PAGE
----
Democracy in Detroit

THINKING FOR OURSELVES
Democracy in Detroit
By Shea Howell
Apriol 17 – 24-2011

The assault on the democratic rights of the citizens of Detroit escalated this week with the threat of a state-appointed Emergency Financial Manager to run the city surrounding the budget debate. Council President Charles Pugh vocalized what everyone has been thinking. “Do you want Mayor Bing and the council to run the city or do you want somebody else to run it?” He explained. “We want people who work in the city to understand that we’re up against a wall and we have to make some tough decisions about our pensions, benefits, contractors (and) the city services we deliver.”

Along with the possibility of a state-appointed Czar to run our city, the efforts of the Mayor to increase taxes on local casinos require state legislative action. Currently casino revenues are taxed at 19% for the state and 10.9 % for Detroit. This is a combined lower tax rate than our two nearest competitor states, Ohio and Indiana.

Detroiters find ourselves in a difficult position. Our elected leaders are saying, “Local unions must have contract changes, workers and retirees must pay 20% of their health care costs, and we must freeze pension funds.” If we don’t do this, an EFM will take over ” If that happens, the EFM will say, “Local unions must have contract changes, workers and retirees must pay 20% of their health care costs and we must freeze pension funds.” It is very hard to see what difference it makes.

That is the problem. When the sphere of potential political action has been so limited, local elected officials are essentially irrelevant, except for the damage they are willing to do in order to keep their jobs.

This situation is only going to get worse. Lansing has made clear that the redistricting of congressional districts will further diminish electoral power in Detroit. Further, they intend to draw up the city council districts.

By the end of this year, Detroit will be stripped of any meaningful direct democratic power. Our elected school board is not functioning. We will have an EFM or a Mayor and city council so stripped of creative energy that they might as well be appointed by Snyder. Most city contracts will have been renegotiated. Many of our public assets will have been sold or privatized. We will have a diminished presence in the state and federal legislatures.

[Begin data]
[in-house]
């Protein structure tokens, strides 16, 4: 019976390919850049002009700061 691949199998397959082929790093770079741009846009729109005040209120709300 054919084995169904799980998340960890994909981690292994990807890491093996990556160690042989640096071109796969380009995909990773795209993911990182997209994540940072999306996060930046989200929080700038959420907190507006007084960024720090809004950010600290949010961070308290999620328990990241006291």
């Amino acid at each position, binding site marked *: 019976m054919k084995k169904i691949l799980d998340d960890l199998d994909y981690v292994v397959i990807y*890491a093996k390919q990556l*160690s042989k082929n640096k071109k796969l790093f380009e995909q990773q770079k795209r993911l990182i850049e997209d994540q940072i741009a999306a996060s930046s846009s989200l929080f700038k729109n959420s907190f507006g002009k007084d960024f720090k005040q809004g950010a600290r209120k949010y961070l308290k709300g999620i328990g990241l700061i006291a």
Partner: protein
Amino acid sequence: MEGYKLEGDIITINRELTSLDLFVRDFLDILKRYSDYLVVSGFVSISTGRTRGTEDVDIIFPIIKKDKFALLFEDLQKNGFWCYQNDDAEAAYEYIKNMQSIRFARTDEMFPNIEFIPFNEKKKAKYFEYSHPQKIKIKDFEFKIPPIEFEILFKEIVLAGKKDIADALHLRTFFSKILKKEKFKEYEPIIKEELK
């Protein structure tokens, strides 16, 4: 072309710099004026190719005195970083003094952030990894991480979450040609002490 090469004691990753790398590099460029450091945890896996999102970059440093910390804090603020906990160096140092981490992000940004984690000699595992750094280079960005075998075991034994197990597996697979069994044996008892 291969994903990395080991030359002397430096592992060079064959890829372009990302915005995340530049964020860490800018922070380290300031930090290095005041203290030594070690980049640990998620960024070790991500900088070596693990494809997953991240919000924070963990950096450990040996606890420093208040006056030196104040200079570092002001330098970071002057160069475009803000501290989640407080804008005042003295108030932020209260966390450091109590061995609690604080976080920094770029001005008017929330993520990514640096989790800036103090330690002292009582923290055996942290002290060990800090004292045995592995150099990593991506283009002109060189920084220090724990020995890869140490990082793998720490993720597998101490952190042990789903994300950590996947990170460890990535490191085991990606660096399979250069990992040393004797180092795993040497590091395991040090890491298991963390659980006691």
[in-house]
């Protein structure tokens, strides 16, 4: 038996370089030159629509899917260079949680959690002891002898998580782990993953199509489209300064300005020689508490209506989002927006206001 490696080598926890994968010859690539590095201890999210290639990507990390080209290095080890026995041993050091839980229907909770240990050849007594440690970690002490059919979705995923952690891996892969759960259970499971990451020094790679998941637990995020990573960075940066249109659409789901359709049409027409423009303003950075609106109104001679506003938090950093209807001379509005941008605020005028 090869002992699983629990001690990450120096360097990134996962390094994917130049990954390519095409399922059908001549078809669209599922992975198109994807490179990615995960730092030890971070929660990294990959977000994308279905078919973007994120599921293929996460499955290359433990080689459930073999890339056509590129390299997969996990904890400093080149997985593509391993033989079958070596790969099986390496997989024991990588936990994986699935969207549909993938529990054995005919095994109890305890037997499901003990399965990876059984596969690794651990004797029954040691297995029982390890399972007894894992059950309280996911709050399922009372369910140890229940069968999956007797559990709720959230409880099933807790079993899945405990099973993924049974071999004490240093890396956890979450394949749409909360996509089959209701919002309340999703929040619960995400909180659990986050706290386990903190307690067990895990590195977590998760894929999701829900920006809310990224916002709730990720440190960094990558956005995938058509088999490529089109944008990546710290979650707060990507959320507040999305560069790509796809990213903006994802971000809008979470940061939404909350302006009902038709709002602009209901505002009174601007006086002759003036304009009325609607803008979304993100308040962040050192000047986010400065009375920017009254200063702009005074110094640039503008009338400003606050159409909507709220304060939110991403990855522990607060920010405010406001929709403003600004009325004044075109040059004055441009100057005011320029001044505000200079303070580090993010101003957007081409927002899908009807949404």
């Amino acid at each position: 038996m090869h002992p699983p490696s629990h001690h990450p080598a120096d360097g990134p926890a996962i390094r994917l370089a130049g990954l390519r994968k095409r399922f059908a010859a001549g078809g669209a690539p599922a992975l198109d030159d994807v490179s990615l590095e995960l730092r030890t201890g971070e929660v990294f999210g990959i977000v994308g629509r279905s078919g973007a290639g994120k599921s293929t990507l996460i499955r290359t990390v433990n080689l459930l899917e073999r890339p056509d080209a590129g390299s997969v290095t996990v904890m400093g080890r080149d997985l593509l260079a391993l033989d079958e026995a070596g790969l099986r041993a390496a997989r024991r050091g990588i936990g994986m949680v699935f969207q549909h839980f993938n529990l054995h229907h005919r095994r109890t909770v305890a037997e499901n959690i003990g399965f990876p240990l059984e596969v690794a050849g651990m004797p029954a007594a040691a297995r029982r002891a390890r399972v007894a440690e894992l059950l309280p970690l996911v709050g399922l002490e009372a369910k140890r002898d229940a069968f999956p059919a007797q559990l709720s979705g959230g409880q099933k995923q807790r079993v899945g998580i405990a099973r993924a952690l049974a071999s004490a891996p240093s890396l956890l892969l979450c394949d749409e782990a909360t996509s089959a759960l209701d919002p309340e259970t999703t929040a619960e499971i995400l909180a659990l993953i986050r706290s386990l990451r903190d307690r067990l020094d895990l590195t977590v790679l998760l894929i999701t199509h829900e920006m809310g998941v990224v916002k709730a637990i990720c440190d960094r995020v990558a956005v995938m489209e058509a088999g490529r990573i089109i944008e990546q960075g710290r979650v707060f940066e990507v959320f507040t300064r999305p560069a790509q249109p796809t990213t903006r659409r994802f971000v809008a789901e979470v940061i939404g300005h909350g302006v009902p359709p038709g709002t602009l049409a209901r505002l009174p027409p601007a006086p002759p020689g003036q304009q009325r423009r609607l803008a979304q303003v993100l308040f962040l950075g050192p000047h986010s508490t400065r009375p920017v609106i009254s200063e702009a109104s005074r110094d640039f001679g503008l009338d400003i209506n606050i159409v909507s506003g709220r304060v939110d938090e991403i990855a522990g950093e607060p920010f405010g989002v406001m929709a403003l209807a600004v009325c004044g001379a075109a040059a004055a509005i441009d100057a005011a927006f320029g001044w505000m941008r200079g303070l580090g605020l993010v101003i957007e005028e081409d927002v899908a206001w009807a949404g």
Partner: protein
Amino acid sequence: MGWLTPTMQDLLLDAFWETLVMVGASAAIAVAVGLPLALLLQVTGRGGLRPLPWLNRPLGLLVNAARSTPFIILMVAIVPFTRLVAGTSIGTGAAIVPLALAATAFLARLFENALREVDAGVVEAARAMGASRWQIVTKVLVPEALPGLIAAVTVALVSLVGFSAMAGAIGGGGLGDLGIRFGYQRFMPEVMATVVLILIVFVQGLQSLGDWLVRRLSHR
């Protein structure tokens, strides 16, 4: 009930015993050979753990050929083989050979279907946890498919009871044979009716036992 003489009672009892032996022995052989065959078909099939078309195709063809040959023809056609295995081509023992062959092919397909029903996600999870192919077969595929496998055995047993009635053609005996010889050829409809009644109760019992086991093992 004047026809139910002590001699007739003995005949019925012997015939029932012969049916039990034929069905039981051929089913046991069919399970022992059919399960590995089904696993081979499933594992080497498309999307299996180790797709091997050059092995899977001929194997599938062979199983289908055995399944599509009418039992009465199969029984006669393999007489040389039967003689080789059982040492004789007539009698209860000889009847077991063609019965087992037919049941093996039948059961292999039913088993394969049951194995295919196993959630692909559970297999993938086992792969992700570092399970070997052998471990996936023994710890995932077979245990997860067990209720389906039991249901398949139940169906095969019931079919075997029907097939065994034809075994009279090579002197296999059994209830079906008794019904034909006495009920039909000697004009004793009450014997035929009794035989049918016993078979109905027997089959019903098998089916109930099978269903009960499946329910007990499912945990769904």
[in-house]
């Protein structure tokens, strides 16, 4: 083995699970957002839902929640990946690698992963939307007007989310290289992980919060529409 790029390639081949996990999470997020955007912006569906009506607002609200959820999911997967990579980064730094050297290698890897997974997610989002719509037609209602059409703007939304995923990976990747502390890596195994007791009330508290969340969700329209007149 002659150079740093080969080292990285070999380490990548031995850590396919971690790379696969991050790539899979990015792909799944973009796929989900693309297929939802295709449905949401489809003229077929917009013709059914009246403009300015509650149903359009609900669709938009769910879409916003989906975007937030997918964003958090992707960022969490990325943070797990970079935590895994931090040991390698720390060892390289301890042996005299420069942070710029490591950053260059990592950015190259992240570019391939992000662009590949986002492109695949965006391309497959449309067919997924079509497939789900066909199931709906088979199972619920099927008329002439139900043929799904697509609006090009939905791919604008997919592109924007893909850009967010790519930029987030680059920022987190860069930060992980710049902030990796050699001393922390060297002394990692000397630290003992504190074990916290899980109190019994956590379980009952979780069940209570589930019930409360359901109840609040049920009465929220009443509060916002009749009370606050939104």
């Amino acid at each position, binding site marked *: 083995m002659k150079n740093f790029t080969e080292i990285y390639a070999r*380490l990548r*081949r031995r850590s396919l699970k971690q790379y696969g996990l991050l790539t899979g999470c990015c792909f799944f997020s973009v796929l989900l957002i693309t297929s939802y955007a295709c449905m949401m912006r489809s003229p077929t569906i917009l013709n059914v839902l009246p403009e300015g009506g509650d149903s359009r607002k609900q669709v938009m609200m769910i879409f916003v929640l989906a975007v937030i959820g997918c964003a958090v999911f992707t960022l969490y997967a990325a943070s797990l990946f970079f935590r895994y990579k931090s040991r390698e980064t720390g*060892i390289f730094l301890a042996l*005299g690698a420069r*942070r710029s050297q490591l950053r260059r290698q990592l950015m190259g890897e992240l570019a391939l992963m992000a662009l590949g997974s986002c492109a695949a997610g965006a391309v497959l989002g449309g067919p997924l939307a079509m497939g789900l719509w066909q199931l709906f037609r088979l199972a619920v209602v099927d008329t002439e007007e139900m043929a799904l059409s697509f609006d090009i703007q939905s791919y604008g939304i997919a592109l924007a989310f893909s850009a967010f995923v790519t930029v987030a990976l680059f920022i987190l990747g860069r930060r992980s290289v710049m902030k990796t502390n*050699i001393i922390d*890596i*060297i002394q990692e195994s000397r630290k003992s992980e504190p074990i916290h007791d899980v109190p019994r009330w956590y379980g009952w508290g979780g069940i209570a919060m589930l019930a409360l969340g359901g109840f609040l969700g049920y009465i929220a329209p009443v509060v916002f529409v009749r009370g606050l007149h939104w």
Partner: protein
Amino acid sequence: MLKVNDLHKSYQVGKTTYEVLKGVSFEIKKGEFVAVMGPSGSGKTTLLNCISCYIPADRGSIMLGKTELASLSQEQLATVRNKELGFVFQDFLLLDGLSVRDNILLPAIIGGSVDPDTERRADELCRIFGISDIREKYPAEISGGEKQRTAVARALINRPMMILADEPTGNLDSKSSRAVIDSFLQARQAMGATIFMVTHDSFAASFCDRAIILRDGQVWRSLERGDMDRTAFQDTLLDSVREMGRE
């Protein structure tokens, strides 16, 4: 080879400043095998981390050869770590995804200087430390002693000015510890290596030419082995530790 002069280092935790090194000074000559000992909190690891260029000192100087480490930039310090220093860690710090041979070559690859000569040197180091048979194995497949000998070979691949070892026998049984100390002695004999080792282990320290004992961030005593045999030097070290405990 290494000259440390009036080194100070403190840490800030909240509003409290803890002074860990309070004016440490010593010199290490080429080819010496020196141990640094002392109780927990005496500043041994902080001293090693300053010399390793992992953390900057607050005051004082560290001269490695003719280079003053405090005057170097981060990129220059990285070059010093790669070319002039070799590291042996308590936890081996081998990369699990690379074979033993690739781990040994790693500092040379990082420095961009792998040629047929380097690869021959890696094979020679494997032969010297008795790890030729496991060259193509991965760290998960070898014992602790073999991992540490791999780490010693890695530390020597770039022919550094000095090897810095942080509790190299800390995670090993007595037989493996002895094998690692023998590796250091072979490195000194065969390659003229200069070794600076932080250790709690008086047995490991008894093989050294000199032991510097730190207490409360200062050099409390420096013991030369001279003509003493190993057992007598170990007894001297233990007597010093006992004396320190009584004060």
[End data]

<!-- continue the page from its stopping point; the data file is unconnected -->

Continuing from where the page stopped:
All of this is happening at the time when many Detroiters are engaging in creating new democratic forms at the neighborhood level. In response to this growing assault people, are organizing.

In a recent article in Business Week, Joshua Long wrote thoughtfully of our city,

“Residents have discovered that real recovery comes from community initiatives, entrepreneurial creativity and citizen involvement.

“Groups like the Detroit Food Justice Task Force are educating the community about food access and nutrition while networking with entrepreneurs to build a locally sustainable, environmentally just food system. Projects like Hush House are tackling issues of adult illiteracy and homelessness while Urban Neighborhood Initiatives is encouraging rehabilitation of parks, vacant lots and community centers.

“Greening of Detroit, Detroiters Working for Environmental Justice, and Food and Water Watch are each working to promote equal access to clean water, air and open space for minority populations that historically have suffered disproportionately from exposure to pollution, dumping and waste sites.

“These are just a few examples of the type of community cooperation that is building a new urban economy from the bottom-up.”

He concludes, “An economy that relies on local actors and slow growth isn’t sensational, but it is democratic and viable.”

Detroiters are in the process of inventing a living democracy that will ultimately challenge the hollow efforts of control flowing from Lansing and beyond.

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